• Working with regional cooperative mechanisms like RECAAP. In the Pacific there is already a predominant single provider of security with settled alliance and basing arrangements. China. the seas near China. (which focuses on regional navies). the ASEAN Maritime Forum and others. The reason I cavil about calling the Indo-Pacific one space is because if we do. Konkan and Varuna) and multilaterally (MILAN). inclusive. What the Indian Navy thinks should be the Indian response has been made clear in the Maritime Doctrine of 2004 and the Maritime Strategy of 2007. • Carrying out naval cooperation including exercises. as should the multiple regional forums discussing this issue like ARF. open. including the USA. and trilaterally with Sri Lanka and the Maldives. training. Japan. balanced and flexible security architecture that is desirable for the Asia-Pacific region. ADDM-plus.Check against delivery cooperation. India is working to build capability and cooperation with other countries in the Indian Ocean region by: • Promoting a regional cooperative architecture through IONS. scientific exchanges as well as maritime security cooperation). cultural ties. China and the US are dialogue partners of IOR-ARC. and along with friendly navies. and cooperation bilaterally (Malabar. We in India have made known our view of the rule-based. and through IOR-ARC. The larger issue is what India should do about maritime developments in the Indo-Pacific. This could offer a way forward. EAS and so on. cooperating to defend the Indian interests that I mentioned before. a region where maritime security is a growing imperative. and the western Pacific. • Holding bilateral dialogues on maritime security with major stakeholders. (which takes a more comprehensive approach to regional maritime security and recognises the importance of economic cooperation. SHADE (for anti-piracy). there is a danger of prescribing one medicine for the different security ailments that afflict the Indian Ocean. as Raja and others now call this oceanic space. with contingencies in the Indian Ocean. In effect the Indian navy is building capacity to deal directly. The situation in the 3 .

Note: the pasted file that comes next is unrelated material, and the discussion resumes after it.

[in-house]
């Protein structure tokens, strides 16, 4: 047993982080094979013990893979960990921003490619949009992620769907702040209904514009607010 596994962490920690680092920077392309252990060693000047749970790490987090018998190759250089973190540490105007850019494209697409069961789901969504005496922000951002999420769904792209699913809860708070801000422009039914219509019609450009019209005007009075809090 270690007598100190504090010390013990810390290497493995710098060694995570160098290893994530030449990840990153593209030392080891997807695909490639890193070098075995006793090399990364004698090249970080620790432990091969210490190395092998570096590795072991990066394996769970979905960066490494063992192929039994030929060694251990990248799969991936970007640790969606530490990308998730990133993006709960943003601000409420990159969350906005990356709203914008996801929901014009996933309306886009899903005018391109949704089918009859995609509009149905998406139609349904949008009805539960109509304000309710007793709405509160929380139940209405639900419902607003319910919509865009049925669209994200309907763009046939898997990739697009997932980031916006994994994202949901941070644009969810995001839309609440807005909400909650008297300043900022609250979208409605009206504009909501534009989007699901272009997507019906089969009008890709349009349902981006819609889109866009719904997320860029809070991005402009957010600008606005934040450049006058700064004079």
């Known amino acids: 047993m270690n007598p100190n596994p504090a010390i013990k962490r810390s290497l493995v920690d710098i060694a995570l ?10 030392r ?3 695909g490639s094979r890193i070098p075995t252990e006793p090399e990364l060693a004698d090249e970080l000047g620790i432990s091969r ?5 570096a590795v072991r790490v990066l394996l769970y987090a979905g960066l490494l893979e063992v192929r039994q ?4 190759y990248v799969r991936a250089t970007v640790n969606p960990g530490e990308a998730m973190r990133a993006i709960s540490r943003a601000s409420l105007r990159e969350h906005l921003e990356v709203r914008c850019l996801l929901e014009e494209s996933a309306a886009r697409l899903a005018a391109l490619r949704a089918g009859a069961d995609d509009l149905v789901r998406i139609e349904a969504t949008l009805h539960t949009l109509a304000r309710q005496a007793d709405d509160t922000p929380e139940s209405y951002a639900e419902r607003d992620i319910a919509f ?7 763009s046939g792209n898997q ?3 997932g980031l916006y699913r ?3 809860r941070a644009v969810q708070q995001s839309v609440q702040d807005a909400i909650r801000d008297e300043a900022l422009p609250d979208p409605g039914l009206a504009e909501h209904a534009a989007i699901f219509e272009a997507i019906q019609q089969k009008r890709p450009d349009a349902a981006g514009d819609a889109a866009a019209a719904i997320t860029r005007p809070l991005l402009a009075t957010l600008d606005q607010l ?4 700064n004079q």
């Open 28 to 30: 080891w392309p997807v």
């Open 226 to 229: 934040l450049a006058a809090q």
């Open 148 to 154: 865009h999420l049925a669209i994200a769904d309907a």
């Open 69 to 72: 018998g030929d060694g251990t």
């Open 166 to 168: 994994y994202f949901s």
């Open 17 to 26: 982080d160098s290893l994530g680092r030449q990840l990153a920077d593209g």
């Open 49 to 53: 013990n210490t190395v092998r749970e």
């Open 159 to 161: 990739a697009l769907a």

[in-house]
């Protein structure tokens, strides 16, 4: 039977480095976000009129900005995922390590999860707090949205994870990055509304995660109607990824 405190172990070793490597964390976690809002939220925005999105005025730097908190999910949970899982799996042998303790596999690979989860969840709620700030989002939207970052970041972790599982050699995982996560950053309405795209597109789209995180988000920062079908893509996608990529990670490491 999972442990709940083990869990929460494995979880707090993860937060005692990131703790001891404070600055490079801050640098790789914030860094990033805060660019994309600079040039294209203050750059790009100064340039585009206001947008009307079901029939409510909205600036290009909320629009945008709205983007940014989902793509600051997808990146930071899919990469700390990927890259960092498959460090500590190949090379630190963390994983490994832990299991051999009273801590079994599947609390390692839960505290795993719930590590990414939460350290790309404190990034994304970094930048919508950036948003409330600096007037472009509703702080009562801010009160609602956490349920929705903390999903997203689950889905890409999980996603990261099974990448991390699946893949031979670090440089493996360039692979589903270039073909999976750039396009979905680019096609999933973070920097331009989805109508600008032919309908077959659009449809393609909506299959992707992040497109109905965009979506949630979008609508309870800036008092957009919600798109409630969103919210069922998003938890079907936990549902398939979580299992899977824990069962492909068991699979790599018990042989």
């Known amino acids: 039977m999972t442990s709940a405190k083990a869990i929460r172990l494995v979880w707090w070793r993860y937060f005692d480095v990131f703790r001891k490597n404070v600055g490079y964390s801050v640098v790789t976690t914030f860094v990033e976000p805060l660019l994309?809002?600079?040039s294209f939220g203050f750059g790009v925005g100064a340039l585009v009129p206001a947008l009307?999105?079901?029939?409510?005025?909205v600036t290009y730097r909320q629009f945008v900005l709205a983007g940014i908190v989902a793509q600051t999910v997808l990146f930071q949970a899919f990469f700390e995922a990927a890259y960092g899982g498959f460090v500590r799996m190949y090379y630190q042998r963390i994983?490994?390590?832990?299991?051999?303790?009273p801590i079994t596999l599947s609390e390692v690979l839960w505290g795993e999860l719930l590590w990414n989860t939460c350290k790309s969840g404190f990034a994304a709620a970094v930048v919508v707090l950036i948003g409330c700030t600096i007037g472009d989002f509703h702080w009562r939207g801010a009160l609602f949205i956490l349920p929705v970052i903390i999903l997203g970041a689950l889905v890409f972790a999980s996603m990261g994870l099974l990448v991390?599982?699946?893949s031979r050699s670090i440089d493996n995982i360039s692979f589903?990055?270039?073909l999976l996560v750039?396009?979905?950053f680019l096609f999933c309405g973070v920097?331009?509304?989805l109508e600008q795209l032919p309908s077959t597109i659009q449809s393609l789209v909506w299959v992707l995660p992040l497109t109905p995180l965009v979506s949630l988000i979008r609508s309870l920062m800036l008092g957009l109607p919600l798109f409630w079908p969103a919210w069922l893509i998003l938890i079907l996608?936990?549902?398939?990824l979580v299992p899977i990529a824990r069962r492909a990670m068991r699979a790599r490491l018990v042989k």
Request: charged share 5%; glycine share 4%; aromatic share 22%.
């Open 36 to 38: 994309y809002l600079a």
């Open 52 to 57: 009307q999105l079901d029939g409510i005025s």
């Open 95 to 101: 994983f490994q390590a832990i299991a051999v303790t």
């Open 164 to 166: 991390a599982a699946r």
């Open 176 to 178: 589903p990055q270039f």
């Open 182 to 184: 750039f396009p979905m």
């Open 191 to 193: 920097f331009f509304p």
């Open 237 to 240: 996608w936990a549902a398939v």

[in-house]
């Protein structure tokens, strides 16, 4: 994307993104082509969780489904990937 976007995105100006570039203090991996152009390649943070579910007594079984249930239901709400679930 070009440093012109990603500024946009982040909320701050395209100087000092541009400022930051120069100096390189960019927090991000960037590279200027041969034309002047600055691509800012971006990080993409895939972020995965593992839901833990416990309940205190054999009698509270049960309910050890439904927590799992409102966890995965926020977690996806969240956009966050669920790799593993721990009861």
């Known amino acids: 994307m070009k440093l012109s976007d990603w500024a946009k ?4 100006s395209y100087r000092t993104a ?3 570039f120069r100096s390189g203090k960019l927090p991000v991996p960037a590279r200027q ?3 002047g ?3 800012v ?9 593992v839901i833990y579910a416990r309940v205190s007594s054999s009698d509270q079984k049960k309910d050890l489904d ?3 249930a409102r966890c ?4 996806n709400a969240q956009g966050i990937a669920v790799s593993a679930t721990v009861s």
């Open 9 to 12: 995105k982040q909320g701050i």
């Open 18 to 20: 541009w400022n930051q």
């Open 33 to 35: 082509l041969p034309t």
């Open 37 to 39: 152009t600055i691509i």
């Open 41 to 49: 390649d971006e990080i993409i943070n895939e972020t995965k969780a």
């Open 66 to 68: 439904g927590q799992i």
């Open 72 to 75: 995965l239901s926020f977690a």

or about what their present and future force configurations mean in terms of what states will and can do. and are building different capacities for the three geographies of the Indian Ocean. but the nature of capacities that are being built indicate the contingencies that these powers expect. particularly about the actual behaviour in this arena of the many naval powers involved and the purposes that they have sought to further. and discussions and bilateral arrangements with our maritime partners in the Indian Ocean Region attest. And in the Indian Ocean we see the beginnings of cooperative solutions to the very different issues that arise here. Thank you. 4 . the Near Seas. as the book itself makes clear.Check against delivery Near Seas is very different. it is early days yet and many alternative futures are still possible in this oceanic space that will be an ever more significant determinant of India’s future. as the experience of anti-piracy. we owe Raja a large debt of gratitude. and gives some imperfect indication of their intentions. For drawing our attention to this development. and for triggering off rigorous thinking on this issue. I realise that this is asking a lot of Raja. and the western Pacific. as the very status of island territories and the seas are disputed. Finally. I hope the book reaches a broad audience and is widely read. Such an analysis would also show that the same powers behave differently. The book left me wanting more. the emergence of IONS and IOR-ARC.